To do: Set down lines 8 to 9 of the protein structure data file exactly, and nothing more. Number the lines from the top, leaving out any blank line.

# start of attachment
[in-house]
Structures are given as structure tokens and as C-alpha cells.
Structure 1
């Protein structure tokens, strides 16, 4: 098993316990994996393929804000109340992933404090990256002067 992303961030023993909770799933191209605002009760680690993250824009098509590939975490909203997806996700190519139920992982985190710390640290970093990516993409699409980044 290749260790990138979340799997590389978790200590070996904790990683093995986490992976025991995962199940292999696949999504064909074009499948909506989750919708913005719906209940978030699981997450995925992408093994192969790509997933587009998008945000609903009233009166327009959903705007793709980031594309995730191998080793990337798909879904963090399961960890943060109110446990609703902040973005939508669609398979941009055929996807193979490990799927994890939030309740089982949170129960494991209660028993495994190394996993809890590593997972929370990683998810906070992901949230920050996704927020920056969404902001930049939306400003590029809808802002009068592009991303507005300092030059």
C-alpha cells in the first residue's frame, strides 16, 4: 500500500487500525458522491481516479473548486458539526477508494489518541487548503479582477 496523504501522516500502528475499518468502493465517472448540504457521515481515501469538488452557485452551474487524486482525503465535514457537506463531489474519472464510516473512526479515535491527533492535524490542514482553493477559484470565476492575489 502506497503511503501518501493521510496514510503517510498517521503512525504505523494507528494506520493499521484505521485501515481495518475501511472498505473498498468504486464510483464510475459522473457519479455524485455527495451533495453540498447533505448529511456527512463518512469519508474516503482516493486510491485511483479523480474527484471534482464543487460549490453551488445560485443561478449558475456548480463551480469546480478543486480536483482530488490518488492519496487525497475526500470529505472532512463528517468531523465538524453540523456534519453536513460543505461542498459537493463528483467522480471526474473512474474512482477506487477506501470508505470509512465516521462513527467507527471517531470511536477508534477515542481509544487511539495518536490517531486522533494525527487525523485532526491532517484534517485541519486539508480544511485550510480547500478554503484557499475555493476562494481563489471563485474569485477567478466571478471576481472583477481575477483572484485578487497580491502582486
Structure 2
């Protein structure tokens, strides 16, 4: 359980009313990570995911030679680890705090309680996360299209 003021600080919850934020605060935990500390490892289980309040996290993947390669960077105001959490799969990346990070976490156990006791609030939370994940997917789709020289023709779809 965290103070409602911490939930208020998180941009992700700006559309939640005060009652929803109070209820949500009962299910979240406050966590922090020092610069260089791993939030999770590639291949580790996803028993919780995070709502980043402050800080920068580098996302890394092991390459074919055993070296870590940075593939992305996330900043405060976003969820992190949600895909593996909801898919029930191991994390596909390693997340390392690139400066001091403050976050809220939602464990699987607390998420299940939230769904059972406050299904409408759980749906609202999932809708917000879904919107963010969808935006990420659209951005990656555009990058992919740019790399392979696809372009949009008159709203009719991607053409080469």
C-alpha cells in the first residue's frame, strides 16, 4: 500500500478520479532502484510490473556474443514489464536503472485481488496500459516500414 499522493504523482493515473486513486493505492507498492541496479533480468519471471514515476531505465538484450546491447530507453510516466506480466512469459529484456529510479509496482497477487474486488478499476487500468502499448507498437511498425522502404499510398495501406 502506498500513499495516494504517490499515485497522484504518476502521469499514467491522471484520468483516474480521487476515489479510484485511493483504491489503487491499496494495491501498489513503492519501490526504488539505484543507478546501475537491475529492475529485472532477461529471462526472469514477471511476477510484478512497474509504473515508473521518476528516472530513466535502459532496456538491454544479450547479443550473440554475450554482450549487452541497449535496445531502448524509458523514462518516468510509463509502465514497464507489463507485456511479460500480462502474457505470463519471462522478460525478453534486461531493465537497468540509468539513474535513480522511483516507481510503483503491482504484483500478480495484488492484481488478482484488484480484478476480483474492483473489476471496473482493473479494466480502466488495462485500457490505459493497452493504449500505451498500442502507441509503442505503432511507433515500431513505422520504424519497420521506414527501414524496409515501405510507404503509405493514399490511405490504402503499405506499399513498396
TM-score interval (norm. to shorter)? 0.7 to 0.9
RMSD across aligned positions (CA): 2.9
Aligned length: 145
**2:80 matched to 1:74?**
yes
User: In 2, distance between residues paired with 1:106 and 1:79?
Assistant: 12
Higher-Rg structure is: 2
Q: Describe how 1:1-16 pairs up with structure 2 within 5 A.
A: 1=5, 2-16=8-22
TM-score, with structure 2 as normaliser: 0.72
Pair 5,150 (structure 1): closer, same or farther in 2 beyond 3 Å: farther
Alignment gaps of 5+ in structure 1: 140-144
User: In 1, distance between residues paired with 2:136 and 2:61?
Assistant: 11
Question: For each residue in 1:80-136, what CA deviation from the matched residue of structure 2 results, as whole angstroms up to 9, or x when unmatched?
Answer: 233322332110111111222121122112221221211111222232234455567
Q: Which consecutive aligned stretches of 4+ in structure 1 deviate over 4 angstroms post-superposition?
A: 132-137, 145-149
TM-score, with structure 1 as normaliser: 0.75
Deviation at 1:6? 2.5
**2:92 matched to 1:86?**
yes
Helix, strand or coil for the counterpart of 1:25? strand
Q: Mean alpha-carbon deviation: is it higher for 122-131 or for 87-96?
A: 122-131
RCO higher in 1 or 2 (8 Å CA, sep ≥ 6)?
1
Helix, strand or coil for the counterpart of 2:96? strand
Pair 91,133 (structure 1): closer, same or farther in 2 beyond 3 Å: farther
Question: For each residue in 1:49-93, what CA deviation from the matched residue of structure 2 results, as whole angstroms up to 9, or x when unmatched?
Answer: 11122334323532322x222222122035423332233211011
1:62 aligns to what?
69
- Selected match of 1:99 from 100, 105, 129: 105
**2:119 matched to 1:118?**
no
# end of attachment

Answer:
C-alpha cells in the first residue's frame, strides 16, 4: 500500500478520479532502484510490473556474443514489464536503472485481488496500459516500414 499522493504523482493515473486513486493505492507498492541496479533480468519471471514515476531505465538484450546491447530507453510516466506480466512469459529484456529510479509496482497477487474486488478499476487500468502499448507498437511498425522502404499510398495501406 502506498500513499495516494504517490499515485497522484504518476502521469499514467491522471484520468483516474480521487476515489479510484485511493483504491489503487491499496494495491501498489513503492519501490526504488539505484543507478546501475537491475529492475529485472532477461529471462526472469514477471511476477510484478512497474509504473515508473521518476528516472530513466535502459532496456538491454544479450547479443550473440554475450554482450549487452541497449535496445531502448524509458523514462518516468510509463509502465514497464507489463507485456511479460500480462502474457505470463519471462522478460525478453534486461531493465537497468540509468539513474535513480522511483516507481510503483503491482504484483500478480495484488492484481488478482484488484480484478476480483474492483473489476471496473482493473479494466480502466488495462485500457490505459493497452493504449500505451498500442502507441509503442505503432511507433515500431513505422520504424519497420521506414527501414524496409515501405510507404503509405493514399490511405490504402503499405506499399513498396
TM-score interval (norm. to shorter)? 0.7 to 0.9